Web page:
Review: Bob's Burgers- Episode #2

Review: Bob's Burgers- Episode #2

     Last week, I said that Bob's Burgers on Fox had real staying power, and this week that fact was only confirmed. The charming animated show, which premiered last week, aired its second episode tonight, and it was a laugh-riot the whole way through!


     This week, Linda, Bob's wife, announces to Bob that her parents are coming for a visit. Pretty tame sitcom fare, don't you think? This is where is gets interesting.
     The ceiling in the families kitchen is leaking, so Linda sends Bob up to repair the leak, when he discovers the crawl-space of the apartment. He decides to "get stuck" in the crawl-space to avoid having to socialize with his in-laws. Throughout the episode we see Bob tricking the family into thinking that he is stuck. A handyman named Talky Teddie trying to get him out (to no avail.) After a while, and with the aid of a Japanese nightlight his daughter Louise gave him, he starts to hallucinate, to the point where the talking nightlight appears in a speakeasy to him and tells him to kill his mother-in-law.
     Meanwhile, Louise keeps telling everyone that her father is dead, prompting the school counselor to think that this is the root of the children's bad behavior, so he makes a house visit. He is about to call social services on the horribly behaved children, when Linda's mother smashes into the wall and saves Bob, and also convinces the counselor that since he has no children of his own, he doesn't know the stresses of raising children, so he has no right to call social services.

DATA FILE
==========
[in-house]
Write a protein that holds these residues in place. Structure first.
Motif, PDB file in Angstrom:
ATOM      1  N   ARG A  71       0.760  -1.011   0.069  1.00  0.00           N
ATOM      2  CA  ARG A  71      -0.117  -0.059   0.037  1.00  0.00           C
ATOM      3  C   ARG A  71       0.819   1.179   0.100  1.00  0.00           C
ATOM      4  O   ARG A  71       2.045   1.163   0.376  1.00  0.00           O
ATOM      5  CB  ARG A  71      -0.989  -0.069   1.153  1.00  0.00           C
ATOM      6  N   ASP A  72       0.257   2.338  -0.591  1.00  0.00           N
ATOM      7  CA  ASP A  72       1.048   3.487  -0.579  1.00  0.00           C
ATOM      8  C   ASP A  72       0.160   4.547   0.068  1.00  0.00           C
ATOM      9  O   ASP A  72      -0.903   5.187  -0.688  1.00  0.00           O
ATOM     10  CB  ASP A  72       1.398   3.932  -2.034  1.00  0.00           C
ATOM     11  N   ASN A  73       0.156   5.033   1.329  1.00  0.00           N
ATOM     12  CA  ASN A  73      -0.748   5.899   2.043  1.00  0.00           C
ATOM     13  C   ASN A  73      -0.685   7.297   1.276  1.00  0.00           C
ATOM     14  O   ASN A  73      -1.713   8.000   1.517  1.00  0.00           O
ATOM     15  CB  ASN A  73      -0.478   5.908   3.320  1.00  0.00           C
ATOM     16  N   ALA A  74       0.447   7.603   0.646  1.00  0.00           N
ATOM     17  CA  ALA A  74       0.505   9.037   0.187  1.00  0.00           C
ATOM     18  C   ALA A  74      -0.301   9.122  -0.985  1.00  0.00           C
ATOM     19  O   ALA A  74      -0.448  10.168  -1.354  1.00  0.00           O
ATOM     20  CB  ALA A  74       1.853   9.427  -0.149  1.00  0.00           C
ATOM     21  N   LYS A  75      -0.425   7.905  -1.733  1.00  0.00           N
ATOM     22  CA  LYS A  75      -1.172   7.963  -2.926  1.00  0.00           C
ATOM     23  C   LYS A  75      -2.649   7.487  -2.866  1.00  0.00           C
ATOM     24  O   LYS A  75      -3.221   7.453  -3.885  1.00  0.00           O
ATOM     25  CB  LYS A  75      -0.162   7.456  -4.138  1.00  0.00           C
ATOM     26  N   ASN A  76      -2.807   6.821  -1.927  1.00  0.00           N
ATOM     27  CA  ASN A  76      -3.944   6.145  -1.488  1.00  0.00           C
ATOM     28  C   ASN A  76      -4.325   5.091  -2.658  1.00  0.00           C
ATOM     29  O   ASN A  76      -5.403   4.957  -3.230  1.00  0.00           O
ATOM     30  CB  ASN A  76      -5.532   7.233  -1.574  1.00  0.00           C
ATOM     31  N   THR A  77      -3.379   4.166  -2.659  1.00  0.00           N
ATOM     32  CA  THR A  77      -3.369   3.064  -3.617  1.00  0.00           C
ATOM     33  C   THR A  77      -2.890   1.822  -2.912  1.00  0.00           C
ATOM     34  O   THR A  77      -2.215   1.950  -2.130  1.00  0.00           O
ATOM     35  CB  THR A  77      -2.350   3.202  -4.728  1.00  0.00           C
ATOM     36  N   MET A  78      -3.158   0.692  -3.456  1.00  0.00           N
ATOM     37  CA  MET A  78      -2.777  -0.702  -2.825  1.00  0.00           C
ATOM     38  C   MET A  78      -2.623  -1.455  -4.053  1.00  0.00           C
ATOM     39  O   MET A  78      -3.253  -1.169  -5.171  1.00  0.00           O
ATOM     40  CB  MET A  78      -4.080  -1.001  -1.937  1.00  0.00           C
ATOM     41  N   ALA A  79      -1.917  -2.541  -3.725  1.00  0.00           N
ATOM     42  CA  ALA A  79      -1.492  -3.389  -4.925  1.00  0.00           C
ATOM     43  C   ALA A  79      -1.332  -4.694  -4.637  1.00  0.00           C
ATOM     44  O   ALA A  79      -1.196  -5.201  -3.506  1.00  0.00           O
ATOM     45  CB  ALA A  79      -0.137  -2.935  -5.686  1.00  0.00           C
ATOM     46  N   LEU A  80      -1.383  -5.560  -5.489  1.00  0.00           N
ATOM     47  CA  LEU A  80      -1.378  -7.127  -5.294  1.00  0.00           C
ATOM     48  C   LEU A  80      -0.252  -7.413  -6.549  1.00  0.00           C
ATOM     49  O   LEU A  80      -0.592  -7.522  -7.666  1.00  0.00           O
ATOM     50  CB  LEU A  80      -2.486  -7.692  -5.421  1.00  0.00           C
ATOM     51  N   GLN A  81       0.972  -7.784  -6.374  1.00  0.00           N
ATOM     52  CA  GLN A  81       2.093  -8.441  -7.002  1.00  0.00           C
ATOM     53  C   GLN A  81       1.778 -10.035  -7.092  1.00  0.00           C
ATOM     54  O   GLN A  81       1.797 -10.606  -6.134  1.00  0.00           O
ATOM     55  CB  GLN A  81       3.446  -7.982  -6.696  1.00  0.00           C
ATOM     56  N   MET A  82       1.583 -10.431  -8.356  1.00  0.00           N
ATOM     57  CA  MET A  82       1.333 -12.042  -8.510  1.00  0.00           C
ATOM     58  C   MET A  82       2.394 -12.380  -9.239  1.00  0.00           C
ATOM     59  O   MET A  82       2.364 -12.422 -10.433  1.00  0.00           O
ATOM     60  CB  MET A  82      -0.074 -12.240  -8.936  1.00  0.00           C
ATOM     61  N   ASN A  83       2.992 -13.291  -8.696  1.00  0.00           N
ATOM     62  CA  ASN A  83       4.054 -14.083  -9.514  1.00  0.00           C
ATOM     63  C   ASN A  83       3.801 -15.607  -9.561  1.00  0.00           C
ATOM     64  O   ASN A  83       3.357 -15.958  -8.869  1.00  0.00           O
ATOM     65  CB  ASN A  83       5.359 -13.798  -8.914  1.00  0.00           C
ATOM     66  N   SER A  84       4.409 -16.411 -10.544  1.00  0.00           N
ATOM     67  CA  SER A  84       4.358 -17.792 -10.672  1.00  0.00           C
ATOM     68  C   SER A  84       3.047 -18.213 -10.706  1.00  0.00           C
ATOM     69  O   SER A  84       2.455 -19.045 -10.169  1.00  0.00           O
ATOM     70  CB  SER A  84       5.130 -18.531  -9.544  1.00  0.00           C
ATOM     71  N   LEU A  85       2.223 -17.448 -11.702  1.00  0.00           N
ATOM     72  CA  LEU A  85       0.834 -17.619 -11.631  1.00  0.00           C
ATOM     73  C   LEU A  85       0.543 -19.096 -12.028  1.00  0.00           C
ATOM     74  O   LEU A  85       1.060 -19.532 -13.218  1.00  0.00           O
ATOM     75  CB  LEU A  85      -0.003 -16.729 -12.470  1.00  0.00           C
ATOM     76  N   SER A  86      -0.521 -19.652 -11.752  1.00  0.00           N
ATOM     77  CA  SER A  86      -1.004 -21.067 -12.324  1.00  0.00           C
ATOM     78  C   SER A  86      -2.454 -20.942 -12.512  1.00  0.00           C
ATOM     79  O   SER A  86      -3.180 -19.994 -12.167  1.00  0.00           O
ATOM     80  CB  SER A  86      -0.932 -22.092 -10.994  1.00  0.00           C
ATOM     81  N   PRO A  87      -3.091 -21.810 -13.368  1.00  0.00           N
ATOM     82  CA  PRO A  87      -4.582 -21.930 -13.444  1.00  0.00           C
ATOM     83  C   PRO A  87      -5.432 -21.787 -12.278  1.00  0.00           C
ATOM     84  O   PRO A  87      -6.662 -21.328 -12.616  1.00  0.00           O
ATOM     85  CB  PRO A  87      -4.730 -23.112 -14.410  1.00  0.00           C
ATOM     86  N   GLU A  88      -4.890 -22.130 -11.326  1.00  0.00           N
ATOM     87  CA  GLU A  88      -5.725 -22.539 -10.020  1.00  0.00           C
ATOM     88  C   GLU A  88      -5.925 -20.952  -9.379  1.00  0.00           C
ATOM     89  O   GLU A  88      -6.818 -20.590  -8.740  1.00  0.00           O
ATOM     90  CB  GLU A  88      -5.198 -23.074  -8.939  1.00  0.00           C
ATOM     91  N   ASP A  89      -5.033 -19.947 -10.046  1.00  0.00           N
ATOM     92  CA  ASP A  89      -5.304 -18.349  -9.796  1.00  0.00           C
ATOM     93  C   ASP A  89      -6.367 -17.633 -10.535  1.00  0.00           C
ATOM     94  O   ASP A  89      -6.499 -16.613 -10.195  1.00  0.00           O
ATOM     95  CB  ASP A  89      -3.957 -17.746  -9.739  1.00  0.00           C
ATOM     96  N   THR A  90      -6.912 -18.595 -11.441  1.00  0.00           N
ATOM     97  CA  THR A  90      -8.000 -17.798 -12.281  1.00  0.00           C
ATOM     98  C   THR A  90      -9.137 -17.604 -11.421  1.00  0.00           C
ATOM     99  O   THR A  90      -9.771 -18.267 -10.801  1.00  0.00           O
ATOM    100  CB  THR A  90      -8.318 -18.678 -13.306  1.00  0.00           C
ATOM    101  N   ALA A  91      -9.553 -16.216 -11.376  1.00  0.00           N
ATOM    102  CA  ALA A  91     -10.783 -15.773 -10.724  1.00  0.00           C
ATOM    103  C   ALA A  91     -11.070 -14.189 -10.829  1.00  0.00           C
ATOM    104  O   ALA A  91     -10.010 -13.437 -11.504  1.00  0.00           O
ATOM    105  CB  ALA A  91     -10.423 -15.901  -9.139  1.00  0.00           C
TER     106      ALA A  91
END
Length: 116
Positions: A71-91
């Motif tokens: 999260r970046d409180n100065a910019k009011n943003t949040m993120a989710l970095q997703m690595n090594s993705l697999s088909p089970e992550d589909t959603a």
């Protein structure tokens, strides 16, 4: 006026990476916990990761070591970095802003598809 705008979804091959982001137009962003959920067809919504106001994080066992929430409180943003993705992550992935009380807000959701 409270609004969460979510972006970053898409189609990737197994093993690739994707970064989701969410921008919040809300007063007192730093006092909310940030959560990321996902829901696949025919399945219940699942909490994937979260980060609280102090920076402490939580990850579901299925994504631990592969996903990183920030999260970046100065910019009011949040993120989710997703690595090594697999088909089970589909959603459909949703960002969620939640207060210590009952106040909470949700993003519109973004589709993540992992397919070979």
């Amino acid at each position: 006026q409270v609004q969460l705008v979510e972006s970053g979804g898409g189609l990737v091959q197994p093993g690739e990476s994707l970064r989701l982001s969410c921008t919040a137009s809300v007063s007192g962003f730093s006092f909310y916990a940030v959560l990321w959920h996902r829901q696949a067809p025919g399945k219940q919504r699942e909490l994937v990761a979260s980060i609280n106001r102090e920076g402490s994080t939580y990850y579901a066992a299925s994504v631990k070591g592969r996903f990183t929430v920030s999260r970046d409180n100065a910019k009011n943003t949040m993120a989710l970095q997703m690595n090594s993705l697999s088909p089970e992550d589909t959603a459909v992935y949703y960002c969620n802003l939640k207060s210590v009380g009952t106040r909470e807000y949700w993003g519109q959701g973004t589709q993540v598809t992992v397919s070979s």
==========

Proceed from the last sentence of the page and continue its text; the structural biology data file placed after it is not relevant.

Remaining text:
The episode was truly hilarious, in every way. The addition of veteran actress Renee Taylor as Linda's mother, was beyond funny for me. Anyone who has seen The Nanny will instantly recognize Taylor's voice as Fran Fine's pushy Jewish mother, Sylvia Fine, and a smile will come across their face. The writing is getting equally better, for all characters, and several of the jokes made me laugh inordinately loud.
     I think this show is here to stay, and for good reason. It's a delightful romp through a families life that, while dysfunctional, is not uncomfortable with each other, like Family Guy. It provides the release that King of the Hill did, and The Simpsons currently do: to make you laugh, not with super-dirty jokes, but with smart humor that elicits a good belly-laugh and not an uncomfortable squeal, like Family Guy does.
     In short, it's a good buffer.    

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